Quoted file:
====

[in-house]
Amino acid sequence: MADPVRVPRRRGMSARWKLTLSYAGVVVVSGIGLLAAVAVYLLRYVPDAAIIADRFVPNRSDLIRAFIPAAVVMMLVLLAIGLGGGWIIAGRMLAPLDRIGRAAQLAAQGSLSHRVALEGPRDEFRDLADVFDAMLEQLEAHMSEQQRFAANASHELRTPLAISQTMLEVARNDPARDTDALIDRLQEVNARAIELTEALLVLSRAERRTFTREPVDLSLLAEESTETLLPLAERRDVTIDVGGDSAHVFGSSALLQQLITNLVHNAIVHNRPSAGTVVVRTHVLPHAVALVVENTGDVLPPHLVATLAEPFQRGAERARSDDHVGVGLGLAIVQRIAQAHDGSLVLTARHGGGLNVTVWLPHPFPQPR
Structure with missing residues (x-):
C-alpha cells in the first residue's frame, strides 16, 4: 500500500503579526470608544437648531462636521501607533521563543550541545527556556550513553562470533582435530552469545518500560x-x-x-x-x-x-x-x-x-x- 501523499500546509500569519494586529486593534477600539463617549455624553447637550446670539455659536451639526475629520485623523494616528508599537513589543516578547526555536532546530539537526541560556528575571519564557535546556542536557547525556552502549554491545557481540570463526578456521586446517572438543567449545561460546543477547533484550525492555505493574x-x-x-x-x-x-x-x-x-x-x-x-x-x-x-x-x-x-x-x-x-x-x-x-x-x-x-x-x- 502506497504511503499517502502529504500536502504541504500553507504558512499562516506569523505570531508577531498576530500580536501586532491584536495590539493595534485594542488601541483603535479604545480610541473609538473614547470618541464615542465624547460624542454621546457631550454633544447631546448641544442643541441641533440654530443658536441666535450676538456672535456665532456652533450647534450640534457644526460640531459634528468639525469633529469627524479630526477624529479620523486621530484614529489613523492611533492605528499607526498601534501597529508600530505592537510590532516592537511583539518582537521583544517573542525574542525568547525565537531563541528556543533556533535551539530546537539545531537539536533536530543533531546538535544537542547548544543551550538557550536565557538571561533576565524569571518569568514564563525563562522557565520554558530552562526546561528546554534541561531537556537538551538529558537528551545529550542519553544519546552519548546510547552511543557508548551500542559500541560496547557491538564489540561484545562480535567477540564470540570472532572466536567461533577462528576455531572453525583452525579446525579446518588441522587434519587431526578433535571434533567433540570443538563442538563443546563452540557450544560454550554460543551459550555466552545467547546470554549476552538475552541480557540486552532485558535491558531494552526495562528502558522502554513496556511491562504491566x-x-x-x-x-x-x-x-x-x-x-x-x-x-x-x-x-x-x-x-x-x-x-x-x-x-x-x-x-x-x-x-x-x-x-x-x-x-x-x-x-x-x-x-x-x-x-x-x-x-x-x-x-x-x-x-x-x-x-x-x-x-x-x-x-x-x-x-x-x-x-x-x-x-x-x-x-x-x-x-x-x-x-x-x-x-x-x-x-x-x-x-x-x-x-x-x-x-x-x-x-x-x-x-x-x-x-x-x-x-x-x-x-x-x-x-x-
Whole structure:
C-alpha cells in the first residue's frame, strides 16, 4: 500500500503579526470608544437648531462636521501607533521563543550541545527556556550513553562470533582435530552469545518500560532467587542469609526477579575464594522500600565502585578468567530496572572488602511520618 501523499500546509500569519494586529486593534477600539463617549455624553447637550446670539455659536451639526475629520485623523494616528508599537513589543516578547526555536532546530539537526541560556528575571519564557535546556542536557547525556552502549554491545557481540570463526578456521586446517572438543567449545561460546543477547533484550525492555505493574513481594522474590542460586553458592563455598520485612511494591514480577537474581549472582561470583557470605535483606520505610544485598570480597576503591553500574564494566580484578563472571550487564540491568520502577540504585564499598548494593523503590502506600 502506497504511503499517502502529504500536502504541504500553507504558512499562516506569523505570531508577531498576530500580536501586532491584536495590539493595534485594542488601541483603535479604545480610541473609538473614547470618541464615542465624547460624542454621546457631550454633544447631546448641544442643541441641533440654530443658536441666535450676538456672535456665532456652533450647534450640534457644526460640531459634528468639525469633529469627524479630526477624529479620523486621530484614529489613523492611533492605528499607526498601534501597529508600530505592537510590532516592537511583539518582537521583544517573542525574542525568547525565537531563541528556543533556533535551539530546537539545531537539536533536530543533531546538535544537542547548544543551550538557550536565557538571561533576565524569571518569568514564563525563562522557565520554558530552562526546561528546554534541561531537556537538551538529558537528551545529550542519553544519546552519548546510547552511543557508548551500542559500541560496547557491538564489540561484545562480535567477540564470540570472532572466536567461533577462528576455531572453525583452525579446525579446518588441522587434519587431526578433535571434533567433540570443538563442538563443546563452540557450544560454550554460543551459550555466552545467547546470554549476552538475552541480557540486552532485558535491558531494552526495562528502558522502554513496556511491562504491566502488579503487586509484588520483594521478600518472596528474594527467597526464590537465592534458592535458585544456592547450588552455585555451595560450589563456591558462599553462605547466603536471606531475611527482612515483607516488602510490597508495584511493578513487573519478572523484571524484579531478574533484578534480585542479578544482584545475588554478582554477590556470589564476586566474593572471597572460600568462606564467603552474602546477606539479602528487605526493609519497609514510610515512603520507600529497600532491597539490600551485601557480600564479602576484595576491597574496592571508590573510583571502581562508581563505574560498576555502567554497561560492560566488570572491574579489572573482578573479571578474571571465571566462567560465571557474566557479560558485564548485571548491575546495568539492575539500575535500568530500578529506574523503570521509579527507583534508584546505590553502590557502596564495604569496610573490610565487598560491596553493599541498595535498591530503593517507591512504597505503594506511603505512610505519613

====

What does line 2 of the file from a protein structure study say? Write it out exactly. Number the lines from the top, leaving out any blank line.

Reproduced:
Amino acid sequence: MADPVRVPRRRGMSARWKLTLSYAGVVVVSGIGLLAAVAVYLLRYVPDAAIIADRFVPNRSDLIRAFIPAAVVMMLVLLAIGLGGGWIIAGRMLAPLDRIGRAAQLAAQGSLSHRVALEGPRDEFRDLADVFDAMLEQLEAHMSEQQRFAANASHELRTPLAISQTMLEVARNDPARDTDALIDRLQEVNARAIELTEALLVLSRAERRTFTREPVDLSLLAEESTETLLPLAERRDVTIDVGGDSAHVFGSSALLQQLITNLVHNAIVHNRPSAGTVVVRTHVLPHAVALVVENTGDVLPPHLVATLAEPFQRGAERARSDDHVGVGLGLAIVQRIAQAHDGSLVLTARHGGGLNVTVWLPHPFPQPR